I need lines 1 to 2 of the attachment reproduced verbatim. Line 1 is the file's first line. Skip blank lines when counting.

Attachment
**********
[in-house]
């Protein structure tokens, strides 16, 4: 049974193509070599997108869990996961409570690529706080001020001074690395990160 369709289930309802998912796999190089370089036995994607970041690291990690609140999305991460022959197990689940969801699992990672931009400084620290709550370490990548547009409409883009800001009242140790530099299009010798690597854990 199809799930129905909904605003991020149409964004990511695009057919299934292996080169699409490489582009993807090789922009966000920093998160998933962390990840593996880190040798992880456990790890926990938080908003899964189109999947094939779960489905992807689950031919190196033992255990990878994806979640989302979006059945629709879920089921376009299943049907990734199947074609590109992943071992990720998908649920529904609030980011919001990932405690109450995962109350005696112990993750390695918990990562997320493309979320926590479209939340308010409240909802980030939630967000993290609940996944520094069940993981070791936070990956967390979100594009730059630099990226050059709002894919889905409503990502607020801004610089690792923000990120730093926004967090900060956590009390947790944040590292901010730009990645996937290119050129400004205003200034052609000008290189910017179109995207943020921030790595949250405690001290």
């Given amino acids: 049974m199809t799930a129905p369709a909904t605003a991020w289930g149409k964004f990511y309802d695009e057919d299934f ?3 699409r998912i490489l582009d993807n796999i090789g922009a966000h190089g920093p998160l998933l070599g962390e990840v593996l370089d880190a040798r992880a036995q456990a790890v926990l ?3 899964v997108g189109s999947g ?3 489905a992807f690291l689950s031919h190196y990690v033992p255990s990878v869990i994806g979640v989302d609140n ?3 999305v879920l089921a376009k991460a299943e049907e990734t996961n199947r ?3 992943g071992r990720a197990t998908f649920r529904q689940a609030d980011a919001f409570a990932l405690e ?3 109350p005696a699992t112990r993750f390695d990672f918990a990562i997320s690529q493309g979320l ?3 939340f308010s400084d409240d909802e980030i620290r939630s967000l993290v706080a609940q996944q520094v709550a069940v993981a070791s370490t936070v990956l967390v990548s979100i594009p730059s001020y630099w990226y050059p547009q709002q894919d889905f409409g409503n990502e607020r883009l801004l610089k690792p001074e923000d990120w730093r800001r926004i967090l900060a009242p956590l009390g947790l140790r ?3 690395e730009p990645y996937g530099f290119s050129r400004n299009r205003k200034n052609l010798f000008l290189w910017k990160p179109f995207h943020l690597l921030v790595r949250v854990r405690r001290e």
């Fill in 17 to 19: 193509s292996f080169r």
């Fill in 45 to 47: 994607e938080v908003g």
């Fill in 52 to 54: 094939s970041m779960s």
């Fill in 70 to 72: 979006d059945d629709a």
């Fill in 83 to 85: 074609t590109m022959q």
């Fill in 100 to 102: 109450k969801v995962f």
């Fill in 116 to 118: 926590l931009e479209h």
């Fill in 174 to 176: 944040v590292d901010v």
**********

[in-house]
């Protein structure tokens, strides 16, 4: 049974193509070599997108869990996961409570690529706080001020001074690395990160 369709289930309802998912796999190089370089036995994607970041690291990690609140999305991460022959197990689940969801699992990672931009400084620290709550370490990548547009409409883009800001009242140790530099299009010798690597854990 199809799930129905909904605003991020149409964004990511695009057919299934292996080169699409490489582009993807090789922009966000920093998160998933962390990840593996880190040798992880456990790890926990938080908003899964189109999947094939779960489905992807689950031919190196033992255990990878994806979640989302979006059945629709879920089921376009299943049907990734199947074609590109992943071992990720998908649920529904609030980011919001990932405690109450995962109350005696112990993750390695918990990562997320493309979320926590479209939340308010409240909802980030939630967000993290609940996944520094069940993981070791936070990956967390979100594009730059630099990226050059709002894919889905409503990502607020801004610089690792923000990120730093926004967090900060956590009390947790944040590292901010730009990645996937290119050129400004205003200034052609000008290189910017179109995207943020921030790595949250405690001290």